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United Kingdom: Implications of Brexit for IP rights

On March 29, Prime Minister Theresa May triggered Article 50, formally notifying the European Union of the UK's intention to withdraw from the EU. The UK government now begins the lengthy process of negotiating the terms of our exit with our European partners.

Initially, there will be no change as the UK will remain an EU member until the process has been completed, which is estimated to be at least two years, possibly considerably longer.

Brexit will have no effect on the usual system for European patents. In terms of IP it is important to differentiate the terms EU and Europe. European patents cover territories which are different to the member states of the EU. The UK will continue to be a member of the European Patent Organisation which is a separate body from the EU. UK patent protection will continue to be available via the European Patent Office and UK-based qualified European patent attorneys will act in the usual way in all matters before the EPO.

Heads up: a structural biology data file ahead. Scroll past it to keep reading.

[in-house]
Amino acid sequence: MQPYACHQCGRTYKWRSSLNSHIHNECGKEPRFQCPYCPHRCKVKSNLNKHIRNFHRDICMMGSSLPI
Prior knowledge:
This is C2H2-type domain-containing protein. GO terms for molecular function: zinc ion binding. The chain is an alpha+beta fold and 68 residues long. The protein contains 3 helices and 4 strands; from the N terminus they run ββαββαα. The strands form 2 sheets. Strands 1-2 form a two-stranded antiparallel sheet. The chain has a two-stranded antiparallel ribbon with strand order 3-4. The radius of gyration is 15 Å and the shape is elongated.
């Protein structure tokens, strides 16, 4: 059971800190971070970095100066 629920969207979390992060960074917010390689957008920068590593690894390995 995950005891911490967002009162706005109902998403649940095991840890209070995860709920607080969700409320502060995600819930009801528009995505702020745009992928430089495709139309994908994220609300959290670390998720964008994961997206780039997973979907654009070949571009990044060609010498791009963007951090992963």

In the case of European Union trade marks (EUTMs) and registered Community designs (RCDs), nothing will change until the leaving process is complete, so the impact of Brexit will depend on the outcome of the negotiations. Until that point, EUTMs and RCDs remain in force and cover the UK. We fully expect that EUTM holders will not lose their UK rights, and are monitoring this situation. Organisations should review their EUTM portfolio to identify those trade marks of most value to their UK business and consider re-filing in the UK if they identify that the present EU/UK negotiated outcome may present a risk to their trade mark rights. National UK IP rights, including trade marks and designs, will, of course, be unaffected by Brexit.

Also, IP agreements with other parties should be checked for any potential implications in light of the UK exit.

The UK is to remain part of the Unitary Patent and Unified Patent Court system. The UK Intellectual Property Office has confirmed that the government's preparations for ratification of the UPC Agreement are "fully on track" to allow the UK-based UPC to open in December 2017 as per the preparatory committee's timetable.

Chapman
Helga Chapman

Chapman + Co
Patent and Trade Mark Attorneys
Chapman IP, Kings Park House, 22 Kings Park Road
Southampton SO15 2AT, UK
Tel: +44 (0) 23 8000 2022 
info@chapmanip.com  
www.chapmanip.com

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